The difficulties that face any serious writer have been repeatedly documented; obstacles to the pursuit of poetry abound. The critical, personal, and artistic demands made by the poet upon himself are enough to keep him busy even if there were no outside pressures. Fathoming one’s depths, absorbing family history and consciousness, balancing the cerebral and the emotional, and finding, learning, and practicing the appropriate craft together comprise a formidable task. During his long and distinguished career, Derek Walcott has confronted and finally painstakingly resolved the dilemma of the artist who writes with no deliberate, well-defined, or established poetic tradition.
Born in St. Lucia in the West Indies, Walcott writes from the vantage point of a culture of mixed heritages, a stance which enriches and informs his work with variety and vitality as well as with poetic tension. He has grown steadily in reputation and stature as a poet, at the same time that he has been a prolific and capable playwright. His first important volume, In a Green Night (1962), marked him as the outstanding Caribbean poet writing in English; several subsequent volumes strove to balance native dialect and formal English. Another Life (1973) and Sea Grapes (1976) each worked toward the resolution of Walcott’s identity as a poet, and have solidified and evidenced his worth as a dramatic writer of verse.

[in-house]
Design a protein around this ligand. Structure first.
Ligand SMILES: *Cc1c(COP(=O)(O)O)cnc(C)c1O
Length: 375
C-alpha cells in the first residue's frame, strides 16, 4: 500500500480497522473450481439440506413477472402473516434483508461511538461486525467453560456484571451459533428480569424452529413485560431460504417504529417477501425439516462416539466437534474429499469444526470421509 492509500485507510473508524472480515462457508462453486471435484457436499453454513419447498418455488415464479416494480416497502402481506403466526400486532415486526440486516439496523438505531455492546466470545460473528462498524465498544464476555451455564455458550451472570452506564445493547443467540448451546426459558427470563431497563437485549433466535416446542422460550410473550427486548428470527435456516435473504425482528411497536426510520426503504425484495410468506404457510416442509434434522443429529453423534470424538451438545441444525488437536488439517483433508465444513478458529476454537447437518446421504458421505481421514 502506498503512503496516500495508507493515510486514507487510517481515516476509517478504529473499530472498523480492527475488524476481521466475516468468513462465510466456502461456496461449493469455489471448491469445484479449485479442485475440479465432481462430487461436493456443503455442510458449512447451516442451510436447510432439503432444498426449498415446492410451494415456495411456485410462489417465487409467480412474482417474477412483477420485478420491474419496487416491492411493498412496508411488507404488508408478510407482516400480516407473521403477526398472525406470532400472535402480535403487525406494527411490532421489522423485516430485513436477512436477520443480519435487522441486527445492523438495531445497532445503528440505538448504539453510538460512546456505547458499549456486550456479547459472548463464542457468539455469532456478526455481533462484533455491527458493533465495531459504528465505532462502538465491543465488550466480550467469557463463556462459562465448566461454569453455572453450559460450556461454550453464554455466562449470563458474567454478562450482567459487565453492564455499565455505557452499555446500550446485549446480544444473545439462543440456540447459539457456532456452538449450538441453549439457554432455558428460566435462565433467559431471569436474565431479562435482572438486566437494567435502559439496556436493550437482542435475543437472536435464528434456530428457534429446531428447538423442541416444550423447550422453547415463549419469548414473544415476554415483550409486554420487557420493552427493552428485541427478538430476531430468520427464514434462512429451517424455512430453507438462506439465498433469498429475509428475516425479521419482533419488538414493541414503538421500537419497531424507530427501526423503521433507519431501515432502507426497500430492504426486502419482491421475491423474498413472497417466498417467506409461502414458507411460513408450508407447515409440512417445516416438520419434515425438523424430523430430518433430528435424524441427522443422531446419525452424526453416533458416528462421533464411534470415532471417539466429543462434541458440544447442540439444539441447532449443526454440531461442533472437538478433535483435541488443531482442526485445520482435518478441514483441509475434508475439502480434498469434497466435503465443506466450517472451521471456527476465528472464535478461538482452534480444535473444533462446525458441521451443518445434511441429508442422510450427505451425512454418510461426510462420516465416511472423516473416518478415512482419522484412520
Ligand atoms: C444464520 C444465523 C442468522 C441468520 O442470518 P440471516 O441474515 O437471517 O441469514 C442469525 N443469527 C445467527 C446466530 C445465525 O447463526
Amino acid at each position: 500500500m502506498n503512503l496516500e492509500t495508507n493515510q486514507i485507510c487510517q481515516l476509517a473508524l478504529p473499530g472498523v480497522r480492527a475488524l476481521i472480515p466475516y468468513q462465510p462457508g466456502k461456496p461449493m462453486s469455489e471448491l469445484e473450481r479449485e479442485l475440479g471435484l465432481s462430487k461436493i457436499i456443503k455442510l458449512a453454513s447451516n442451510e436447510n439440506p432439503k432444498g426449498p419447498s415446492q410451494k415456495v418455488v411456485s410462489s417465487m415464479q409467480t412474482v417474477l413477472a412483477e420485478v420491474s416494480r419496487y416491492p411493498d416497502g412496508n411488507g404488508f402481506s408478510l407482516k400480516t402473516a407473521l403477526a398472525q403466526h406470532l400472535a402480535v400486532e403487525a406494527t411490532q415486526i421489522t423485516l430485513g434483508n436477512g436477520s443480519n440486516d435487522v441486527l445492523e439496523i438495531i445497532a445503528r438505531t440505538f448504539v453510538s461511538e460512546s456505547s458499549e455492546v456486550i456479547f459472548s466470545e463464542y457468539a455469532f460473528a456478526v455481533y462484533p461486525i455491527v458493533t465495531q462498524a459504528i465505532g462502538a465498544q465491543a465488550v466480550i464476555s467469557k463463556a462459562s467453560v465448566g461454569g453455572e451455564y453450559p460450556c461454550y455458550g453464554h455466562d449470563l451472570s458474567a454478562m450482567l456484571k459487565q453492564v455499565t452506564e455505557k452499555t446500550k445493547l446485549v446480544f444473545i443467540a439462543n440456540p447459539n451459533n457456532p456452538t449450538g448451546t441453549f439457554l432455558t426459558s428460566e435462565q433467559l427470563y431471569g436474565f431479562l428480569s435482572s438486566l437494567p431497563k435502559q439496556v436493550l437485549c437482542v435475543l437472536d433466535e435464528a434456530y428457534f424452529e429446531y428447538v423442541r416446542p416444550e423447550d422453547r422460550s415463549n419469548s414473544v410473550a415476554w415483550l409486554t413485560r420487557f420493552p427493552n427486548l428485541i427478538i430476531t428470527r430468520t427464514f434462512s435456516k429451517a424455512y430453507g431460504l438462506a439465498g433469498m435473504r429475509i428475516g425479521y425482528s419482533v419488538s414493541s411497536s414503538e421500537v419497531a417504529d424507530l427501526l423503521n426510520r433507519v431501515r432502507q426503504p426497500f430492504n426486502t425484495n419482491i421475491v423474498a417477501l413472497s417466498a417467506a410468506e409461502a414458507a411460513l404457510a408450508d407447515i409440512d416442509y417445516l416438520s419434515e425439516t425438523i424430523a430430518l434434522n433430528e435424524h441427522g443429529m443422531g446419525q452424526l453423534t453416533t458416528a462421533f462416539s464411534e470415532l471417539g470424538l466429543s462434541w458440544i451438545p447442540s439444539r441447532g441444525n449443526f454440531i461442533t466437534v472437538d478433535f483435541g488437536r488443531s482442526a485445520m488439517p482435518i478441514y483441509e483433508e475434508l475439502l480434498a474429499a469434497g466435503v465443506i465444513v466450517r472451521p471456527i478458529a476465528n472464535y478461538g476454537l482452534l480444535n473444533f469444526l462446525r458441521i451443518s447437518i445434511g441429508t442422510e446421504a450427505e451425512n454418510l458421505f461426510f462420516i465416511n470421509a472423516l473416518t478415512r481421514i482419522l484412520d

The Star-Apple Kingdom takes its name from the star-apple trees which are scattered in profusion throughout the Caribbean islands. Like most good poets, Walcott does a number of things at one time. The volume as a whole traces a voyage, a quest, beginning with “The Schooner Flight,” which describes the Odyssean journey of a half-breed, Shabine, who flees the corruption of colonialism and who experiences both guilt and relief as a result:
(The entire section is 797 words.)